Cyber bullying is another form of bullying that is on the rise, given the growing use of the Internet and social media among children ("Don't let 'get tough on bullying' be mere slogan" by Mr Ng Qi Siang, and "Creating a bully-free school a responsibility for all" by Professor Ho Lai Yun of the Singapore Children's Society; both published yesterday).
Examples of such bullying include nasty text or e-mail messages, rumours sent by e-mail or posted on social networking sites, and embarrassing pictures, videos, websites or fake profiles.
A Touch Cyber Wellness survey released last year showed that one in three secondary school students and one in five primary school pupils in Singapore have reported being victims of cyber bullying ("Students alerted to cyber bullying"; Sept 20, 2014).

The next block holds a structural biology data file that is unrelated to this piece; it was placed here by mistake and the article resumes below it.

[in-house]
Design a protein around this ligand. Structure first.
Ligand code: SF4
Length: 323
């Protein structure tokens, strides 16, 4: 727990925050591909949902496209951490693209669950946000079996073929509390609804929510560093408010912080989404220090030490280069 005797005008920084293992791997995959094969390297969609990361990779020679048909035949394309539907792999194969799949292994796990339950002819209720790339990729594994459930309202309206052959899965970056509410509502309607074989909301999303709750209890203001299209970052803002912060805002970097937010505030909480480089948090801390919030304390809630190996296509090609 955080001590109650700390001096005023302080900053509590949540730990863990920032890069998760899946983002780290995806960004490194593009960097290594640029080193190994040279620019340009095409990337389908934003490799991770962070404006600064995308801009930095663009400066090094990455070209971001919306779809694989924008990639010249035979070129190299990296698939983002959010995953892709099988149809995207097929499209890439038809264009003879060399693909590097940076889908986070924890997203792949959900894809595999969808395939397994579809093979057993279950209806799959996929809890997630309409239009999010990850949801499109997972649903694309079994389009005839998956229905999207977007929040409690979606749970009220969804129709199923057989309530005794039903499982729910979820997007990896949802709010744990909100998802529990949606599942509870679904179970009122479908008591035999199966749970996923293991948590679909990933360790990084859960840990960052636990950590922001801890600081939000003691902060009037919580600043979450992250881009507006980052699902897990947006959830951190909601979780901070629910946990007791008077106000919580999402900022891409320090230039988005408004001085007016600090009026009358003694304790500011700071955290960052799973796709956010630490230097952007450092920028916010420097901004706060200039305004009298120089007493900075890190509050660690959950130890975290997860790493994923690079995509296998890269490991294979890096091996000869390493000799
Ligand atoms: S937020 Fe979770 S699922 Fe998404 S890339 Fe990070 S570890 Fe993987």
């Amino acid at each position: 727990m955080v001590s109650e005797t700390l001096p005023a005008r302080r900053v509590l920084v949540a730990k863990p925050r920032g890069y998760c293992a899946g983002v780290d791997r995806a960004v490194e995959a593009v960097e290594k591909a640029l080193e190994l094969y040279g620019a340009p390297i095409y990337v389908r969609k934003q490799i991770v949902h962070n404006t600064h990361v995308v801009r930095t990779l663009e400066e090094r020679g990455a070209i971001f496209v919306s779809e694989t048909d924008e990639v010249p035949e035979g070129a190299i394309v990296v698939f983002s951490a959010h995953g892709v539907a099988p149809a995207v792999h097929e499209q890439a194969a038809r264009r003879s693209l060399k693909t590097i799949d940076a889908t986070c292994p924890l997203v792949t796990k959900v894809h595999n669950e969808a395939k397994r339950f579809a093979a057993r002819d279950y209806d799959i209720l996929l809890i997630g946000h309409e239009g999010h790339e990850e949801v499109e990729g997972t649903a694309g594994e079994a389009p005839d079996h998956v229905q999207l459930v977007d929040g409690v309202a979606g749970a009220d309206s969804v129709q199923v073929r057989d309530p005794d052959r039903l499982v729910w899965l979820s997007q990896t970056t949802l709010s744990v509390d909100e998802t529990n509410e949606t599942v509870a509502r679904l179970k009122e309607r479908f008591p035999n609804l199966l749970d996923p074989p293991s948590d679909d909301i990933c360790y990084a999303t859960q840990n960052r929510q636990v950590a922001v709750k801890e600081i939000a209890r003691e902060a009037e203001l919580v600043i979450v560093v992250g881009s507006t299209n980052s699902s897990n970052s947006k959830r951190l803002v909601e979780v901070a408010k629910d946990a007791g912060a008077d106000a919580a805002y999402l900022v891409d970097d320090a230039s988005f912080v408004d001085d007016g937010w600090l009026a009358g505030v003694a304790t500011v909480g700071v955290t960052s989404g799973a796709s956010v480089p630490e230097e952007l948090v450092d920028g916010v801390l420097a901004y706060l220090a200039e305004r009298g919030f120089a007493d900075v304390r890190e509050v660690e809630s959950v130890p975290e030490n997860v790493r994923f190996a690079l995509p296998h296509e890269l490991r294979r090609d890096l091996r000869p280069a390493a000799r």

A 2012 study by Microsoft also found that Singapore had the second-highest rate of online bullying, out of 25 countries, among youth aged eight to 17 ("Harassment a rising worry, laws to be tabled"; Nov 19, 2013).
We need to educate our children on responsible online behaviour and on how to seek help when they are victims of cyber bullying.
The Ministry of Education (MOE) has said that it takes a serious view of bullying in schools, following the Shuqun Secondary School incident.
Could the MOE share what forms of anti-bullying policies and programmes are in place in schools and how effective they are? What forms of training do teachers have in dealing with bullying?
Finland has a research-based anti-bullying programme called KiVa, and the United States has the Olweus bullying prevention programme. The adoption of these reputed programmes could be further researched for their effectiveness and possible implementation in schools here.
Teo Leng Lee (Ms)